The JULIA STOSCHEK COLLECTION is making its collection of over 860 works by 282 artists available online for free and without any restrictions. As one of the largest private collections of time-based media art in the world, the JULIA STOSCHEK COLLECTION strives to advance the consistent democratization of this art form.
“A maximum of fifteen percent of the collection can be displayed at the same time at our locations in Düsseldorf and Berlin. For me this digital presentation of the collection is a longtime dream come true. Art is meant to be seen,” says the collector Julia Stoschek.
To date over seventy-one film- and video-based works by twenty-seven artists from the collection can be viewed in their entirety in the Online Collection Catalogue. Among the works in this first selection are pieces by John Bock, Monica Bonvicini, Keren Cytter, Jen DeNike, Nathalie Djurberg & Hans Berg, Cao Fei, Fischli & Weiss, Kate Gilmore, Christian Jankowski, Lutz Mommartz, Elizabeth Price, Wolfgang Tillmans, and Tobias Zielony.
“Due to the audiovisual component, time-based media art is predestined for viewing on a computer, tablet, or smartphone. We aim to reach people who are still unfamiliar with this art form. Viewers can already experience over fifteen hours of film and video art on our website,” says Stoschek. The collection’s spectrum ranges from early works, such as by Barbara Hammer, the pioneer of queer cinema in the 1970s, to recent works by Jon Rafman, who grapples with the depths of the Darknet.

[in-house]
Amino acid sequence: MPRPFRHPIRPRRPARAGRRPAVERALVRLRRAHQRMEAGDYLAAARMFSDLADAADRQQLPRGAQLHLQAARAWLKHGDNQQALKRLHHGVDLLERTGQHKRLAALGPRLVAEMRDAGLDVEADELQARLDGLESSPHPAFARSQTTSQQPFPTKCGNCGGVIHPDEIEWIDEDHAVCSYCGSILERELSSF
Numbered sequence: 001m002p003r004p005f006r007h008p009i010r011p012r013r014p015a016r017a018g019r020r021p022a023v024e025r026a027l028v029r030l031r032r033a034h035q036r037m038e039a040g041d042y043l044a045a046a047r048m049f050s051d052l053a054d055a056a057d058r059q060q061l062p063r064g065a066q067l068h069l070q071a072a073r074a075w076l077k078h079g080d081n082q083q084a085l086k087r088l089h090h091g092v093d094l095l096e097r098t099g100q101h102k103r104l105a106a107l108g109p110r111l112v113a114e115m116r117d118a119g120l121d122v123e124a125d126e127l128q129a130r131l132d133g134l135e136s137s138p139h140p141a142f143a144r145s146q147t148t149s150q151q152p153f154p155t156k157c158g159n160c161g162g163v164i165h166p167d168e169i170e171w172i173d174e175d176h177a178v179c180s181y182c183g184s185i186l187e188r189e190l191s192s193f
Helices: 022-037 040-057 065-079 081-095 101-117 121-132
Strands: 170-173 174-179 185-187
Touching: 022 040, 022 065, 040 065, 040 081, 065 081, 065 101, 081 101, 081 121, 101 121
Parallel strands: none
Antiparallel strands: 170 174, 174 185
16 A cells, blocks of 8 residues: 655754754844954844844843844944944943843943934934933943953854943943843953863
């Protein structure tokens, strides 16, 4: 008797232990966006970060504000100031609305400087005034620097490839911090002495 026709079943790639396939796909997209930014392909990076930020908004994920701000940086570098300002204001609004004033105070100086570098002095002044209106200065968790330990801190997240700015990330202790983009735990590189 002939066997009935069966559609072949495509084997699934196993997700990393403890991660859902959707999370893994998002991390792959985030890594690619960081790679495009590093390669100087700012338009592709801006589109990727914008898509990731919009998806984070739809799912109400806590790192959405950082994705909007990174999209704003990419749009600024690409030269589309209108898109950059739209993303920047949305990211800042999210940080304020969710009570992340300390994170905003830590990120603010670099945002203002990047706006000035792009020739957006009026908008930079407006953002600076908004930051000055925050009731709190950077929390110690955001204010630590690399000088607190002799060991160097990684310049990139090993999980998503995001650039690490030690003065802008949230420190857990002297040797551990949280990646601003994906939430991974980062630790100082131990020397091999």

Over the coming months works will be uploaded every week in close collaboration with the artists. Additionally, a new weekly online video format called “Julia’s Most Wanted,” in which Stoschek personally introduces one of the featured works, is also available on the JSC Instagram channel. “In their beginnings film and video art were profoundly democratic media, without limits or restrictions for artists and viewers,” says Stoschek. “This is why I am especially pleased that artists are supportive of our approach. I am very grateful for this.”
The Online Collection Catalogue, which is now available in its entirety, can be used to search all 860 works and 282 artists in the collection for research purposes. The individual works are presented against a black background that is reminiscent of the black-box situation of a gallery. Additional information on the works is provided including illustrations and over 120 introductions in German and English. Installation shots also give an indication of how the artists intended the works to be presented in an exhibition. The website creates a presentation space beyond a visit to an actual museum.